AttachAsModified revisited

It seems like on a fairly regular basis these days I encounter a question or an issue about the EF to which the answer is “I know I wrote a blog post about that…”  Then when I go search my blog and find the post I discover that the post was written before EF4 and things are now a lot easier than they used to be.  Here’s another one of those situations:

About a year ago I wrote a post presenting a little extension method AttachAsModified which was designed to make a few small n-tier scenarios easier to write by hand.  You can read the post for more background on the situation, but the issue which came up today is that in EF4 the code in that post can be made much simpler.  The hardest part of the code before was iterating over an object’s properties and telling the ObjectStateManager to mark each property as modified.  It wasn’t all that many lines of code, but it was pretty obtuse.  The reason for this code is that the ObjectStateManager had two relevant methods—one marks the whole entity as modified but not any of its properties, and the other marks a single property as modified.  What was missing was something that would set all of the properties to modified, and the trick for that was to use metadata from the EF to get the list of persisted property names.

As part of our effort to improve n-tier support in general for EF4, though, we added the method ChangeObjectState to ObjectStateManager, and if you use that method to change an object’s state to “Modified”, then it will do the work of mark each property as modified for you.  So my AttachAsModified method becomes trivial—just one call to attach the entity and another call to change its state.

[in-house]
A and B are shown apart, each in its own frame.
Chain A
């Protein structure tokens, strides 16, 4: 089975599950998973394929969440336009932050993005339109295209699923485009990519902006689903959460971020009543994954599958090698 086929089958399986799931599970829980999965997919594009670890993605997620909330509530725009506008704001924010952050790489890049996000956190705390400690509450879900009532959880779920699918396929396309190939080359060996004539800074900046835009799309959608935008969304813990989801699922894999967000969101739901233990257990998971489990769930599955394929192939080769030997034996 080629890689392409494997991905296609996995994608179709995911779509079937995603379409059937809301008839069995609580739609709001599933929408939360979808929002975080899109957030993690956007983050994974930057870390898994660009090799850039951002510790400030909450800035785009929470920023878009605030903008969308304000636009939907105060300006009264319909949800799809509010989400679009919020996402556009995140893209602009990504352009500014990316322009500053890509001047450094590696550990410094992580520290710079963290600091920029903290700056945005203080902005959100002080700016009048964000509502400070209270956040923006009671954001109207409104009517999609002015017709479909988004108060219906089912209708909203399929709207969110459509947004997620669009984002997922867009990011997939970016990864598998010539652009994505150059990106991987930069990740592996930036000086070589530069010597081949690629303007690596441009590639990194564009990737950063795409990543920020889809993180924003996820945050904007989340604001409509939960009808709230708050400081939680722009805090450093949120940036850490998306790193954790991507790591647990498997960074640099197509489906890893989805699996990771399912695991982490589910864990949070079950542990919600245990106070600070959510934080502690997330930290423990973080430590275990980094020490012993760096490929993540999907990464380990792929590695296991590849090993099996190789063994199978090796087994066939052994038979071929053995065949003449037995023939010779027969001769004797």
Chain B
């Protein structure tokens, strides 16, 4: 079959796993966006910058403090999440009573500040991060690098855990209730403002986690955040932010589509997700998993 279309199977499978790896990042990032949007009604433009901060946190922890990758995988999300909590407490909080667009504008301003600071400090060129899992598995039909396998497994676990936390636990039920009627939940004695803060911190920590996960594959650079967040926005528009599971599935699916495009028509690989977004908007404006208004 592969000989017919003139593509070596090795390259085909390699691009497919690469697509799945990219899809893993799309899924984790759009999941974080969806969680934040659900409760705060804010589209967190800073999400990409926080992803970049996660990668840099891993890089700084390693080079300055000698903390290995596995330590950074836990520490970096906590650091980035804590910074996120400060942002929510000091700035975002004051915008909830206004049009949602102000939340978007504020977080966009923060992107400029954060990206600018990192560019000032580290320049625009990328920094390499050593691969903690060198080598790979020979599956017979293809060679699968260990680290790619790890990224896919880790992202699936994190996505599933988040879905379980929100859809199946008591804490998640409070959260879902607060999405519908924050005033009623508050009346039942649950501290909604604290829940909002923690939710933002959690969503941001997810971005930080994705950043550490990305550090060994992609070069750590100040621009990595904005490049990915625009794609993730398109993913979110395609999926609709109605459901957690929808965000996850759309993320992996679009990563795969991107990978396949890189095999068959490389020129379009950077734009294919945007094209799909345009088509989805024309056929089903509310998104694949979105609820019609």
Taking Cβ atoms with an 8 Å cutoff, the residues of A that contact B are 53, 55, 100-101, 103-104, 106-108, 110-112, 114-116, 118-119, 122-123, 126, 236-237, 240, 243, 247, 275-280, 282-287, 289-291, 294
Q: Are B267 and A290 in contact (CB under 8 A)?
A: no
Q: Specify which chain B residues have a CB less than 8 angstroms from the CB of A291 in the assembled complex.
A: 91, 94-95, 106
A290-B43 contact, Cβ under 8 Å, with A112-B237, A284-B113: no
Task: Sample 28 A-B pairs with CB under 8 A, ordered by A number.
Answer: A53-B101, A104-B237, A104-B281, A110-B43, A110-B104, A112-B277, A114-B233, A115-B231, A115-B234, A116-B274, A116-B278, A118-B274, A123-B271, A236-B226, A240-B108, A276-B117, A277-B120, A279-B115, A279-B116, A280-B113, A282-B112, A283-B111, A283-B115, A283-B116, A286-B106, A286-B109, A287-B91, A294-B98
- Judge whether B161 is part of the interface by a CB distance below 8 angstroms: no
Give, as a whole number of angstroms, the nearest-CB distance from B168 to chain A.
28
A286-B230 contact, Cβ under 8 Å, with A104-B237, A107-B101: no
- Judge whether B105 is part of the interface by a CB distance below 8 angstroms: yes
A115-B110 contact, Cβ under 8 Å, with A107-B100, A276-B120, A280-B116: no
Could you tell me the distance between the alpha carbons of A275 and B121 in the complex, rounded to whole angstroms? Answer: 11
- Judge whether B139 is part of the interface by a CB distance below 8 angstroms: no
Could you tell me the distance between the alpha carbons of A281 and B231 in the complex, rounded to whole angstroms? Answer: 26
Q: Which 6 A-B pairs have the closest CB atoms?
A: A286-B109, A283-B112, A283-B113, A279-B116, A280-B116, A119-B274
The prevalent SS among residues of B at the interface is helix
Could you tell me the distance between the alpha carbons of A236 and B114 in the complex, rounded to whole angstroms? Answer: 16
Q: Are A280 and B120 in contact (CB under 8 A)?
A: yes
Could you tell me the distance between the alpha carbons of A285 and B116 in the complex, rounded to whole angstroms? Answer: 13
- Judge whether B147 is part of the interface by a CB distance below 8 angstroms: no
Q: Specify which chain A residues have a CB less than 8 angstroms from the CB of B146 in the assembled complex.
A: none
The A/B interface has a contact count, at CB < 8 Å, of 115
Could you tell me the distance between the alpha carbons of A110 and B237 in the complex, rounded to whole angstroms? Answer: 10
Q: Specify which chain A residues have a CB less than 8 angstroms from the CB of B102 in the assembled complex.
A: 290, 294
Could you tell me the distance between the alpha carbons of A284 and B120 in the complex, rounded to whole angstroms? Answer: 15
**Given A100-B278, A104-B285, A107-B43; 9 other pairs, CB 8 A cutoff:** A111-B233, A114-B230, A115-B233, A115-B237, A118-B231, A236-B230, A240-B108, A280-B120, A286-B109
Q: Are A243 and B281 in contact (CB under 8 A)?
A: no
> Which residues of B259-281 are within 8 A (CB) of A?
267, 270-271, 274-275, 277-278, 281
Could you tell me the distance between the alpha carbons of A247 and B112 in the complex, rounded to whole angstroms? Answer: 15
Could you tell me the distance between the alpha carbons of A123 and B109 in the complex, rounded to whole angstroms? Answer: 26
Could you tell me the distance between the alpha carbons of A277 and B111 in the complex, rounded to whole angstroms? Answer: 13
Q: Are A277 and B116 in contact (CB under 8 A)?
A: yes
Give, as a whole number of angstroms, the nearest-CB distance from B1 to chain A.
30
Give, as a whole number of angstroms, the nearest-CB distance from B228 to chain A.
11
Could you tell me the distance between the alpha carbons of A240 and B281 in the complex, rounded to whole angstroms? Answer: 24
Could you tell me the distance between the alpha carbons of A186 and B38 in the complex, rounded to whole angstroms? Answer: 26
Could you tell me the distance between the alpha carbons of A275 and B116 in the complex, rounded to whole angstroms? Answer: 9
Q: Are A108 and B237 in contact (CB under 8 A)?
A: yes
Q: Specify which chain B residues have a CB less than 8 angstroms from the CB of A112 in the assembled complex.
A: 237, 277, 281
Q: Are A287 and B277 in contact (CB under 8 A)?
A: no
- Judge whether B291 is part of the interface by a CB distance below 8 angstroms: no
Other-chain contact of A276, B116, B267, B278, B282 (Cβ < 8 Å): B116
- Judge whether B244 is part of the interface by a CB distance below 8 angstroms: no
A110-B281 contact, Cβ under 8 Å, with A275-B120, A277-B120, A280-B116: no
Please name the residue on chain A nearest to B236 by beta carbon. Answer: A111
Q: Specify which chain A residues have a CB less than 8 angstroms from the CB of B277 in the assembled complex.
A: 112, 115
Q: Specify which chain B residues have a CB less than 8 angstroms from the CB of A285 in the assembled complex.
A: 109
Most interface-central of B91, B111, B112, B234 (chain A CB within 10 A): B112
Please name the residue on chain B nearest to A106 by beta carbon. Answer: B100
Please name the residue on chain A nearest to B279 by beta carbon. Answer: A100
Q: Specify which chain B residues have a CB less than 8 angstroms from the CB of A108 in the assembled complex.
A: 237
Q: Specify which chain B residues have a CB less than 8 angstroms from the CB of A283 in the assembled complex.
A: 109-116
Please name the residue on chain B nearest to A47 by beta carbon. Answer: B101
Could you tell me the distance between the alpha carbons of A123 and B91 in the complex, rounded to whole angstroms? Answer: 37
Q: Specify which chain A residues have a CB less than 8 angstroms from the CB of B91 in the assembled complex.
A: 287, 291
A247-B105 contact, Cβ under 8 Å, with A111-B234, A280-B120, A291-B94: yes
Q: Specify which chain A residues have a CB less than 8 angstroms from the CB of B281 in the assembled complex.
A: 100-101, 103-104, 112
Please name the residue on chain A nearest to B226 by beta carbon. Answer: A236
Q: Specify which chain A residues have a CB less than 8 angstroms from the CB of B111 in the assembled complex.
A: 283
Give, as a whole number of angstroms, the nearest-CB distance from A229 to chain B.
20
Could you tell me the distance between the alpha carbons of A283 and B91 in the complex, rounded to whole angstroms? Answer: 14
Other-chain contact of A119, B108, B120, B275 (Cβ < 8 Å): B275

In addition, the earlier version of this method actually had two overloads—one for the case where your entity implemented IEntityWithKey so it could use the key to Attach the entity and another which did not require that interface but did require you to supply the EntitySet name.  With the introduction of ObjectSet<T> this can be further simplified because we can just add our AttachAsModified extension method to ObjectSet<T> and remove the need for the overload which takes an entityset name while still supporting a method signature that does not require IEntityWtihKey.  Even better, the signature is strongly typed to match the type of the set so you get nicer intellisense support.

The final code for the new method is just:

 public static void AttachAsModified<T>(this ObjectSet<T> objectSet, T entity) where T : class
    objectSet.Context.ObjectStateManager.ChangeObjectState(entity, EntityState.Modified);

At this point the whole extension method seems pretty superfluous, which I guess is the goal of improving the EF in the first place.  :-)

- Danny